Atomic Structure of Intrinsic and Electron-Irradiation-Induced Defects in MoTe2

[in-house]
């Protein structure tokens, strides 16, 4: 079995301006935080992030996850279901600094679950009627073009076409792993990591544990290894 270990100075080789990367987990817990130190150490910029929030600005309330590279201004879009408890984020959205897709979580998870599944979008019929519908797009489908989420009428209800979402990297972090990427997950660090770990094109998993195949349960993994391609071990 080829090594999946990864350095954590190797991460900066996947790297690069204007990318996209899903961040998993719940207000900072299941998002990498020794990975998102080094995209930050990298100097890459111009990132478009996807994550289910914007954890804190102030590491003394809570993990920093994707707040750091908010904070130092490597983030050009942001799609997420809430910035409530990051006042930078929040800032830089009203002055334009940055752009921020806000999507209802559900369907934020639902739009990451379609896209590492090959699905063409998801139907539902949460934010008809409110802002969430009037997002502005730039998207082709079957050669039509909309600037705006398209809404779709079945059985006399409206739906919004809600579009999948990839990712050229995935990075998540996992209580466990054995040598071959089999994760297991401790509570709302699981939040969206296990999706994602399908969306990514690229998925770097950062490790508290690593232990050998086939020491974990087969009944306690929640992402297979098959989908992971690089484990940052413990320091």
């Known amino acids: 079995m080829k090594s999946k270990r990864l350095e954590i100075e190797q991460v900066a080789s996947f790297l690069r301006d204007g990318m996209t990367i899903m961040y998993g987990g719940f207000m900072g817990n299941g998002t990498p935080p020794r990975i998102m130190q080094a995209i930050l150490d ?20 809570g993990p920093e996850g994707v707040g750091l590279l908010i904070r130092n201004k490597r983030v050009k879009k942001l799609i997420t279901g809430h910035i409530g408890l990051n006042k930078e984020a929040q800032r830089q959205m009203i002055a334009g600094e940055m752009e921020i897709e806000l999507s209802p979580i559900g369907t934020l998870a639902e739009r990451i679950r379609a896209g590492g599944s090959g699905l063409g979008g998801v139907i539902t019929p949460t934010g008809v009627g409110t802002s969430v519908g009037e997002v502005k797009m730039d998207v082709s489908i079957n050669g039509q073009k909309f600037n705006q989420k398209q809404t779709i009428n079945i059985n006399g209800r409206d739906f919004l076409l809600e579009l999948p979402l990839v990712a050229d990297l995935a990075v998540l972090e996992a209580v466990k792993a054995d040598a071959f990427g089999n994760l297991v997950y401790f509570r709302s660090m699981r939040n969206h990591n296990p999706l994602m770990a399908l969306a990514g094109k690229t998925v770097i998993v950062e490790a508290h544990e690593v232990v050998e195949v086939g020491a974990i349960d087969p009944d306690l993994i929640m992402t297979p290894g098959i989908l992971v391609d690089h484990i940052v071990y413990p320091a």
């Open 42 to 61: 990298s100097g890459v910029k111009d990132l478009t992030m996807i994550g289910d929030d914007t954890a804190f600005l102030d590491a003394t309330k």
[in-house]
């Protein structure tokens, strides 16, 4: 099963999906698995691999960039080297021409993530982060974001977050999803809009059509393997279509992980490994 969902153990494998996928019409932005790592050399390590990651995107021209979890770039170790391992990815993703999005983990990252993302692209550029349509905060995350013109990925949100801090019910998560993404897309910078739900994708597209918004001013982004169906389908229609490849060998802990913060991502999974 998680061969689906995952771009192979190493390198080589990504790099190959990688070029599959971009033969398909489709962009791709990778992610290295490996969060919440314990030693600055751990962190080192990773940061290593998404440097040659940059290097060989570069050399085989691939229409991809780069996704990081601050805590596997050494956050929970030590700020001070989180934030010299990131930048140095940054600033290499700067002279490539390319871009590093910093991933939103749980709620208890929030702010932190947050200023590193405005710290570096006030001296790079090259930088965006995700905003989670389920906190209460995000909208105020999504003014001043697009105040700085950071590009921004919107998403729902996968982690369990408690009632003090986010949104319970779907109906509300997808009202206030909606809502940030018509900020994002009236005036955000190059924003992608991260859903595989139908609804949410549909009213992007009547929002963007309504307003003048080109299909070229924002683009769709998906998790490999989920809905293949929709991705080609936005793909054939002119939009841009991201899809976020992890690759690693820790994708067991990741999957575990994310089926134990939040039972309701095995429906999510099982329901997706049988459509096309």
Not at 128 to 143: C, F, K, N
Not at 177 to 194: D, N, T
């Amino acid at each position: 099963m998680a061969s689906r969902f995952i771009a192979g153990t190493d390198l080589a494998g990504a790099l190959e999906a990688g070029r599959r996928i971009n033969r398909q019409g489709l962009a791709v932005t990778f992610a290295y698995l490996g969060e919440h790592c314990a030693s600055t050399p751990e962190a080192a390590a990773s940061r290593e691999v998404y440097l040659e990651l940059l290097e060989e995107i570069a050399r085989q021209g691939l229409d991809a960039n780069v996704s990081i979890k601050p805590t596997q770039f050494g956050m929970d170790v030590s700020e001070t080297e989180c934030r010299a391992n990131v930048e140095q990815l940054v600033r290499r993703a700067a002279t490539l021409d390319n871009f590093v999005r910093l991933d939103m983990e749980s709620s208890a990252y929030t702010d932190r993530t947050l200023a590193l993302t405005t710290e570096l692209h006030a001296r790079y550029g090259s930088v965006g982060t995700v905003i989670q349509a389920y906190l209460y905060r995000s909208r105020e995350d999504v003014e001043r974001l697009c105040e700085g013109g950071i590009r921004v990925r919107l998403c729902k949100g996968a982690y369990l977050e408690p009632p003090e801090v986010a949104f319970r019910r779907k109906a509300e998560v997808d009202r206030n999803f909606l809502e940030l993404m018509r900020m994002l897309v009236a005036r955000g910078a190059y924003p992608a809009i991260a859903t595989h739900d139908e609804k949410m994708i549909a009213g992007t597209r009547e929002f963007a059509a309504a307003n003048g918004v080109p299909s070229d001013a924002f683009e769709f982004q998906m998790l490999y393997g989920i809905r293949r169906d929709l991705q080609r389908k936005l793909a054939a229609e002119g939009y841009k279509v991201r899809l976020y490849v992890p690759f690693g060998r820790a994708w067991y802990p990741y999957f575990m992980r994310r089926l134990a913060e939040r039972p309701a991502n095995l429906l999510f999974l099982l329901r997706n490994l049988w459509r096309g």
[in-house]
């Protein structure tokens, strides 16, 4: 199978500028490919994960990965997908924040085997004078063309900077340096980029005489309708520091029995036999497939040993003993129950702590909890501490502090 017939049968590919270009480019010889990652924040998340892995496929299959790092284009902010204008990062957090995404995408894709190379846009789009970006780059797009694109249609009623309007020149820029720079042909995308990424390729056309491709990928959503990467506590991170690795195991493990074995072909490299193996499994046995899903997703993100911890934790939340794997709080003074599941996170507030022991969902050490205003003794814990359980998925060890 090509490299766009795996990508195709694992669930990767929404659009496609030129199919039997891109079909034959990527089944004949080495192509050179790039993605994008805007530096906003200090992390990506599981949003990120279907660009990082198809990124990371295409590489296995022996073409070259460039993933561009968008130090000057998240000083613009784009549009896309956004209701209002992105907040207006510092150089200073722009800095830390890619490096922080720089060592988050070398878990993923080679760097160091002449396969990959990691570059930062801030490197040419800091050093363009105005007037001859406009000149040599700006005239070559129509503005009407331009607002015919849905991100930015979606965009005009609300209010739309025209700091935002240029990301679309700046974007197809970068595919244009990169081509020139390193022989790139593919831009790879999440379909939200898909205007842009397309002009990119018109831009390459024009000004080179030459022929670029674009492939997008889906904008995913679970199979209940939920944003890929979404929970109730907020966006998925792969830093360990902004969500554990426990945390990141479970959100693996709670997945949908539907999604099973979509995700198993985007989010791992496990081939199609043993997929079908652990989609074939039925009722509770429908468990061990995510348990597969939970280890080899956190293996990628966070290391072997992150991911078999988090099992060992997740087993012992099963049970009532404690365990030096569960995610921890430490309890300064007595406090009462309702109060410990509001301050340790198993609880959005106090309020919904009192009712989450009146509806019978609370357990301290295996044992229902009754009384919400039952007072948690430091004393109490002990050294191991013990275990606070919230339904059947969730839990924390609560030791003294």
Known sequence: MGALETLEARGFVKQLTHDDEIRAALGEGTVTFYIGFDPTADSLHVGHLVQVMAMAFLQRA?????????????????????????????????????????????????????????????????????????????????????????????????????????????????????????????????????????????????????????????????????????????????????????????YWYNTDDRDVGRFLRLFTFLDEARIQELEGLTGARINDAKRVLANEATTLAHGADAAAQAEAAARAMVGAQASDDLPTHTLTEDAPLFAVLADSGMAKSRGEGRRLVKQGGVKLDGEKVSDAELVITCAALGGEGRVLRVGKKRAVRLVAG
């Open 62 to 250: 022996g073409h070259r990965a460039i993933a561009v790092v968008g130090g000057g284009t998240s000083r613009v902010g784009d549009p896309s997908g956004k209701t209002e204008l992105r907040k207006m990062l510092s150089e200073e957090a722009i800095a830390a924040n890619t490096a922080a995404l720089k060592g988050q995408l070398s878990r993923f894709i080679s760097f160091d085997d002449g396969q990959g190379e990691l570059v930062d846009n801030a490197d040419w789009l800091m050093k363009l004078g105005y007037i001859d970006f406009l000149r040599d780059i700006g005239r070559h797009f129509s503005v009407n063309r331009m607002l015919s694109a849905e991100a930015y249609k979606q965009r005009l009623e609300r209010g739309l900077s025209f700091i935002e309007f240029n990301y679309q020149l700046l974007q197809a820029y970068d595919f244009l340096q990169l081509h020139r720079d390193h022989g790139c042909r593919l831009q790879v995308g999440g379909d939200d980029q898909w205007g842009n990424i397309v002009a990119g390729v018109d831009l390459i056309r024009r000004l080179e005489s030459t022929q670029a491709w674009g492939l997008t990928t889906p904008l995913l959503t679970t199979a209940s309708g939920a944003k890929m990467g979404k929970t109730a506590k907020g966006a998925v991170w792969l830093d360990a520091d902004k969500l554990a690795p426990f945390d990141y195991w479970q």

Studying the atomic structure of intrinsic defects in two-dimensional transition-metal dichalcogenides is difficult since they damage quickly under the intense electron irradiation in transmission electron microscopy (TEM). However, this can also lead to insights into the creation of defects and their atom-scale dynamics. We first show that MoTe2 monolayers without protection indeed quickly degrade during scanning TEM (STEM) imaging, and discuss the observed atomic-level dynamics, including a transformation from the 1H phase into 1T′, 3-fold rotationally symmetric defects, and the migration of line defects between two 1H grains with a 60° misorientation. We then analyze the atomic structure of MoTe2 encapsulated between two graphene sheets to mitigate damage, finding the as-prepared material to contain an unexpectedly large concentration of defects. These include similar point defects (or quantum dots, QDs) as those created in the nonencapsulated material and two different types of line defects (or quantum wires, QWs) that can be transformed from one to the other under electron irradiation. Our density functional theory simulations indicate that the QDs and QWs embedded in MoTe2 introduce new midgap states into the semiconducting material and may thus be used to control its electronic and optical properties. Finally, the edge of the encapsulated material appears amorphous, possibly due to the pressure caused by the encapsulation.